The development of a new nanosensor technology that can be up to 1,000 times more sensitive at detecting biological molecules that may indicate the early stages of certain diseases than current devices has been announced today by the Tyndall National Institute.
Details of the highly advanced sensor technology were revealed this morning at the Sensors & Their Applications XVI conference in Cork. Developed by a team of researchers at Tyndall National Institute, the technology is based on individual nanowires manufactured on a silicon chip using microelectronic fabrication techniques.
“The sensor technology can significantly out-perform current commercial detection devices by up to a 1,000 fold, in some cases,” said Dr Alan O’Riordan, who leads the research team and is also chairing the conference. “As well as in health, it has tremendous potential in a range of sectors, including food and beverage, environment and security sectors, where highly sensitive detection is required.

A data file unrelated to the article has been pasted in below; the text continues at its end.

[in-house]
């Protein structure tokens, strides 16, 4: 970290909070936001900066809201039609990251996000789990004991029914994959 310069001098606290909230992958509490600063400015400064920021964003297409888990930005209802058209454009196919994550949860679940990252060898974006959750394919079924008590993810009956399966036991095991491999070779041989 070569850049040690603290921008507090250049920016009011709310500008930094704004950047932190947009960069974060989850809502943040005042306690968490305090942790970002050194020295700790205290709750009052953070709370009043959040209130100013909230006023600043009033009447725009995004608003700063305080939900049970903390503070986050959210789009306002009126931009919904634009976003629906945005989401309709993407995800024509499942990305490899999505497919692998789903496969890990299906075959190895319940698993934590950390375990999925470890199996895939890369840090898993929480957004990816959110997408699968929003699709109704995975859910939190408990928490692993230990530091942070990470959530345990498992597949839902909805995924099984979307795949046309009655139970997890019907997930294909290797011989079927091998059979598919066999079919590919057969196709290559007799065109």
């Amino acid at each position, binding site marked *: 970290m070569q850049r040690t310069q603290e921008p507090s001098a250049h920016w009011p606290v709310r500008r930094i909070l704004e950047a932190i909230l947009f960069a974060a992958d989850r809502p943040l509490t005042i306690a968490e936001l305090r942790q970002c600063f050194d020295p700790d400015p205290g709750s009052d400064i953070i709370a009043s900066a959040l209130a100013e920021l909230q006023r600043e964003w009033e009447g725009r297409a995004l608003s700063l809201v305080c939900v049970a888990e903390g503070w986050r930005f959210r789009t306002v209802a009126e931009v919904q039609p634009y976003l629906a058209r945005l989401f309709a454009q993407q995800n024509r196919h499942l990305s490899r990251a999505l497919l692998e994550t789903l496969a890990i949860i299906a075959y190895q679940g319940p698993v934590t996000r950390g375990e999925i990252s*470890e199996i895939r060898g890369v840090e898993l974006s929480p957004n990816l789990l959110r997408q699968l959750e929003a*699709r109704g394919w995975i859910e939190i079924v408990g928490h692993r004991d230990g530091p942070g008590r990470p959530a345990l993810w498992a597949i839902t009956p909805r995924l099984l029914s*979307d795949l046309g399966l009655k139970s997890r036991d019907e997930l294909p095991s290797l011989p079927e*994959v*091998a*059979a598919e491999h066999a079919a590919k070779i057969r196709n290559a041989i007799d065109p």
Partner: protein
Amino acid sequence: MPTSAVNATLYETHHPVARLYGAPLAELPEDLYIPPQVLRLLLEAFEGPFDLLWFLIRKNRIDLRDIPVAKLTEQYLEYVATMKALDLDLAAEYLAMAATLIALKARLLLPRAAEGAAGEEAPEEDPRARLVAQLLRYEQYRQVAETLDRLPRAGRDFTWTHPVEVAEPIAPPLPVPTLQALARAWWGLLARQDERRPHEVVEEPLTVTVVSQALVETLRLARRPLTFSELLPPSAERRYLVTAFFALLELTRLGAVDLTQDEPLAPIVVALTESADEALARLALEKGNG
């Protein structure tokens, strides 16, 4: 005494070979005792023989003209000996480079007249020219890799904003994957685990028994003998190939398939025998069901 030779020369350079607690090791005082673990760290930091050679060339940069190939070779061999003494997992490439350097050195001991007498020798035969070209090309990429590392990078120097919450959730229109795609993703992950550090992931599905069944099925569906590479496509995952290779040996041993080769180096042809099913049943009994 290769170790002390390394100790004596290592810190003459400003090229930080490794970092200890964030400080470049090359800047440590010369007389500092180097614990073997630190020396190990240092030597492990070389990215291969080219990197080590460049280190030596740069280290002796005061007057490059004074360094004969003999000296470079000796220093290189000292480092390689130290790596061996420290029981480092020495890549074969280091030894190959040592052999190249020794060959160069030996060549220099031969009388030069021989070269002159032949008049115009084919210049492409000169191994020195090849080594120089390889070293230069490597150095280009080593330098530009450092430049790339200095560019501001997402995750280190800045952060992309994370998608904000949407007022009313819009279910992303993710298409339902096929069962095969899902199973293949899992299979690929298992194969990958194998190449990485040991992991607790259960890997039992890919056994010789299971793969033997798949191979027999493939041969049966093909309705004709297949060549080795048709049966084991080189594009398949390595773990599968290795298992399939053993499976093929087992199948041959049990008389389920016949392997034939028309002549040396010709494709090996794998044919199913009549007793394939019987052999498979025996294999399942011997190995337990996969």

“Many research teams around the world are looking at ways to detect the tiniest traces of the molecule called hydrogen peroxide,” said O’Riordan. “Many recognise the molecule for its characteristics as a bleaching agent used in hair dyes. However, in biological systems, hydrogen peroxide is produced naturally and trace amounts exist in the body. Higher than normal levels may indicate the onset of a disease. For example, it may be produced at higher concentrations in the brains of people with Alzheimer’s disease and it is also a key indicator molecule for detecting food spoilage.
“This research, funded by Science Foundation Ireland and the EU Framework Programmes, will now focus on detecting other key health-related molecules, including glucose and cholesterol,” he said.
“The development of new classes of highly sensitive nanosensor technologies will support the development of future device innovation and has tremendous benefit for improving the health and safety of our citizens, as well as contributing to the generation of sustainable economic growth and employment creation.”
Article courtesy of Businessandleadership.com